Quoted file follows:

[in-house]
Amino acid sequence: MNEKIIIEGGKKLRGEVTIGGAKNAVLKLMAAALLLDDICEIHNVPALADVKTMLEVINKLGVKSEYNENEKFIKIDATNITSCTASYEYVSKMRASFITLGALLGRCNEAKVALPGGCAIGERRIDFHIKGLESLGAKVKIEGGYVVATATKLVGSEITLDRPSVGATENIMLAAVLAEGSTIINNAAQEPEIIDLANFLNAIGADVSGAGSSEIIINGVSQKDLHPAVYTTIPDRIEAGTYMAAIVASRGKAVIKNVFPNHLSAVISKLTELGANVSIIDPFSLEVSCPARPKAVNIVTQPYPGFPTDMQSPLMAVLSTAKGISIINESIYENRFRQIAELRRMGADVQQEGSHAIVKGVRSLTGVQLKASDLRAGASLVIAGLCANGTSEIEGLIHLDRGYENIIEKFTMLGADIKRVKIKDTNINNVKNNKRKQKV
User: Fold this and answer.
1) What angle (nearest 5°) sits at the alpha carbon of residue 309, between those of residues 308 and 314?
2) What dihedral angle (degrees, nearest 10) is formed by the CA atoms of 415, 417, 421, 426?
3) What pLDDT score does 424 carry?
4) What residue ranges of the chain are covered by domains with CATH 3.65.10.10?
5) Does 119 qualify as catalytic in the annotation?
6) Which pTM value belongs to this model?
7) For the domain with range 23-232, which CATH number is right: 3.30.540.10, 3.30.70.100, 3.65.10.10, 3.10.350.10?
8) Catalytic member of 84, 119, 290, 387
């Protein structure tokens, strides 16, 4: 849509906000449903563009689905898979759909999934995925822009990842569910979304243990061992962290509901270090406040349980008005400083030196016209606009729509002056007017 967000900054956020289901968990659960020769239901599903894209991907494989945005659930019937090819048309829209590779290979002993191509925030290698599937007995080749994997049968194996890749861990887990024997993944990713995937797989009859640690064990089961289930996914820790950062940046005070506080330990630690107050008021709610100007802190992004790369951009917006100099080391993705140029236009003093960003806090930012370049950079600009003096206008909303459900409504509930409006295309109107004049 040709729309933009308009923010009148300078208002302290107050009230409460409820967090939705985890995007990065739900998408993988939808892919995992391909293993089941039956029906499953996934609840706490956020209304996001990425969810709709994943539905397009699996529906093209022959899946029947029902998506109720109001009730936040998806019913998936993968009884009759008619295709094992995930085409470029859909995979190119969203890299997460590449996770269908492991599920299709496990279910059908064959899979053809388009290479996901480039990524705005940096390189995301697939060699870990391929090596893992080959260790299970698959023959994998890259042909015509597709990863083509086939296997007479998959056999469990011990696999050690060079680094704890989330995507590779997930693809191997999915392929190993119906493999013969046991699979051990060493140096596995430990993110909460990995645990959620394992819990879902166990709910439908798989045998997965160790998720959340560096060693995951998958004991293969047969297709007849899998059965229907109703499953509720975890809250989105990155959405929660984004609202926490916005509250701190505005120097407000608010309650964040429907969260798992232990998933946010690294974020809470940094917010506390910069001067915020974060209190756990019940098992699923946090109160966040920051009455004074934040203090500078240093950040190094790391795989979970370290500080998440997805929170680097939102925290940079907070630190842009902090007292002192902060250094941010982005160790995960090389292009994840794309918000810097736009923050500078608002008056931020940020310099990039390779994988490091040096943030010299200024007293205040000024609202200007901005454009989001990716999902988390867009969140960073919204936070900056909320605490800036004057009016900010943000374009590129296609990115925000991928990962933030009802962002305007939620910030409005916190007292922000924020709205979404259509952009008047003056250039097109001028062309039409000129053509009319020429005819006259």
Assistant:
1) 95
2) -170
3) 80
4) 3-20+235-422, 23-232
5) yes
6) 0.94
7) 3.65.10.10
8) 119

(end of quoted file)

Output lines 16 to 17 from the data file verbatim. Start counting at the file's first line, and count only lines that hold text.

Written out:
3) 80
4) 3-20+235-422, 23-232